Rachel needed a companion, a head and leader, someone to love and cherish her, someone to help her raise her daughters. She too needed someone to love and respect, and someone to share with her a life of faith in God. And God has graciously provided that for her in Shane. Together, with Christ as your foundation and strength, you are stronger than you were before. Together you will face whatever may come, and you will do so always with Christ as your Hope and Salvation.

You will also have His Word as a “lamp to your feet and a light to your path.” Both Shane and Rachel wanted to begin their married lives together with the solid foundation of God’s holy Word. For they know that without this, it is easy to lose one’s way. And so we have heard God’s Word today. His Word teaches us not only what marriage is, and what it is for, but it teaches us what Christian love looks like.

“Love is patient and kind,” writes the holy apostle. “Love does not envy or boast; it is not arrogant or rude. It does not insist on its own way; it is not irritable or resentful; it does not rejoice at wrongdoing, but rejoices with the truth. Love bears all things, believes all things, hopes all things, endures all things. Love never ends.”

So often today love is reduced to a romantic feeling. Which means, of course, that if I don’t feel like I love someone, then I must not. But these words of St. Paul tell us that love is much, much more than a mere feeling. Love is an action. It is a commitment. This is not to deny the feelings of affection and emotional attachments that we have to other people, but we dare not confuse this with true, biblical love.

God demonstrated his love for us in his patience and kindness toward us in Christ. Christ did not envy or boast; He was not arrogant or rude. He did not insist on His own way, but even allowed himself to be bound, tortured and crucified for us. And Scripture teaches us that we love “because He first loved us.” The source of our love for each other is God’s love for us in Jesus.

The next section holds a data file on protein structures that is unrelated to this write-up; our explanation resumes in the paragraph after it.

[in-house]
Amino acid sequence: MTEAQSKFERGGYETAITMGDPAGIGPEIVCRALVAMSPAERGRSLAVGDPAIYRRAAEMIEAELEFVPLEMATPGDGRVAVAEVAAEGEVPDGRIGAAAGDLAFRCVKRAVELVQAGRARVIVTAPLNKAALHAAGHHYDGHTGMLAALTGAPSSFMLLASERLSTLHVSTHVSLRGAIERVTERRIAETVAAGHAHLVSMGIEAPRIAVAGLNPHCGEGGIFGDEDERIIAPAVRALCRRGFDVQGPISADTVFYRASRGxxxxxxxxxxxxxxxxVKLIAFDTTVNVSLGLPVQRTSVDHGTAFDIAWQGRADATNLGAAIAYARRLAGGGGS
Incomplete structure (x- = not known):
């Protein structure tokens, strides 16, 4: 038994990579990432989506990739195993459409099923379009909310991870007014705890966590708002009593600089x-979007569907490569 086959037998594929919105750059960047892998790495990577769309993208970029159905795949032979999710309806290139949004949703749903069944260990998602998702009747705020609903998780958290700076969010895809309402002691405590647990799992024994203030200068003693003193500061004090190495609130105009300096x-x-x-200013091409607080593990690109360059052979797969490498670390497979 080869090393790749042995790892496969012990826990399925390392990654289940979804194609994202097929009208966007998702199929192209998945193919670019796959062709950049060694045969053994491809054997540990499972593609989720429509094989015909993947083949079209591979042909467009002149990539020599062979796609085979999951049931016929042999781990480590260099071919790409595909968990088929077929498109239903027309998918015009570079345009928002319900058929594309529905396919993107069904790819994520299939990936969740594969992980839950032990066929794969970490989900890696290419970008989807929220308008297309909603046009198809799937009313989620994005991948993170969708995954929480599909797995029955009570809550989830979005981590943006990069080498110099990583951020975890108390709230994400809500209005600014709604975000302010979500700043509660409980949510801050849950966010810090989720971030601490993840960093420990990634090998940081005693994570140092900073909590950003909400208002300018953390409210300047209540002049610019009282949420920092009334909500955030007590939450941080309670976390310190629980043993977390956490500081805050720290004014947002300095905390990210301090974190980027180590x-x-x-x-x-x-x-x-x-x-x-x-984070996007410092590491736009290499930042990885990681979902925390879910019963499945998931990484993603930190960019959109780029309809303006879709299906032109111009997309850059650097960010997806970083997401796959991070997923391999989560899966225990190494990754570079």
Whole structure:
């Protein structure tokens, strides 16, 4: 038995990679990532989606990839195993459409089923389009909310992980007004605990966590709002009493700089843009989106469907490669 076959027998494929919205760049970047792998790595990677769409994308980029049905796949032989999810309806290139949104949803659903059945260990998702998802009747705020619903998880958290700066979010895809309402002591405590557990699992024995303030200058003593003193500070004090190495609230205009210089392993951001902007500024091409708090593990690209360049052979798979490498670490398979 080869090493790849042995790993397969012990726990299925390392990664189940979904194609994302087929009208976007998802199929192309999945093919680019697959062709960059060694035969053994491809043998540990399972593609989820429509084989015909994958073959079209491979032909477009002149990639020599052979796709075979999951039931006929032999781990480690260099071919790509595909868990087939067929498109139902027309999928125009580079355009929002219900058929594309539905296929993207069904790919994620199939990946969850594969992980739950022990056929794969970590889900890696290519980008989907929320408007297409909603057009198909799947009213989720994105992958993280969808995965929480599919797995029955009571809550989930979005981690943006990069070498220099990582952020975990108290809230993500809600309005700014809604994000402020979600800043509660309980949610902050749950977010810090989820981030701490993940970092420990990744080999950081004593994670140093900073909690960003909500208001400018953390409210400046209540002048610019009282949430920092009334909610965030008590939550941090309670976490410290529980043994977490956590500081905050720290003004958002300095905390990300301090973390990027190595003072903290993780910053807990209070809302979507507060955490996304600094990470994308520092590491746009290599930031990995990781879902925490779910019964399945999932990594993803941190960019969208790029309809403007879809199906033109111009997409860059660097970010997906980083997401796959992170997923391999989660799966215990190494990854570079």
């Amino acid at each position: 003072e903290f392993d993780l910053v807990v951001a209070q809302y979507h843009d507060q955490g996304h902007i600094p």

Finally, God’s Word teaches us where to put our trust and hope in marriage. Shane and Rachel, you have so much going for you as a couple. But this is the most important thing: you both know to whom you are indebted for your lives and for each other. And you both know, by faith, the One who has redeemed you from your sins and promised you life everlasting. For help and strength in carrying out your duties and responsibilities towards each other, you will turn to him and to His Word, and together commend yourselves, your children, and all things into his hands.

We couldn’t be happier for you, and for your sons and daughters. This is a good and pleasing work in God’s sight. Jesus said, “Ask, and you will receive; seek and you will find; knock and it will be opened unto you.” So today this promise is realized as your prayers for a faithful and loving spouse have been answered. May the Lord grant you his constant presence and guidance today and always. Amen.


About Rev. Paul L. Beisel

Graduate of Concordia Theological Seminary, Fort Wayne, IN in 2001 (M Div.) and 2004 (S.T.M.); LC-MS Pastor and Adjunct Instructor for John Wood Community College; Husband of Amy and father of Susan, Elizabeth, Martin, and Theodore.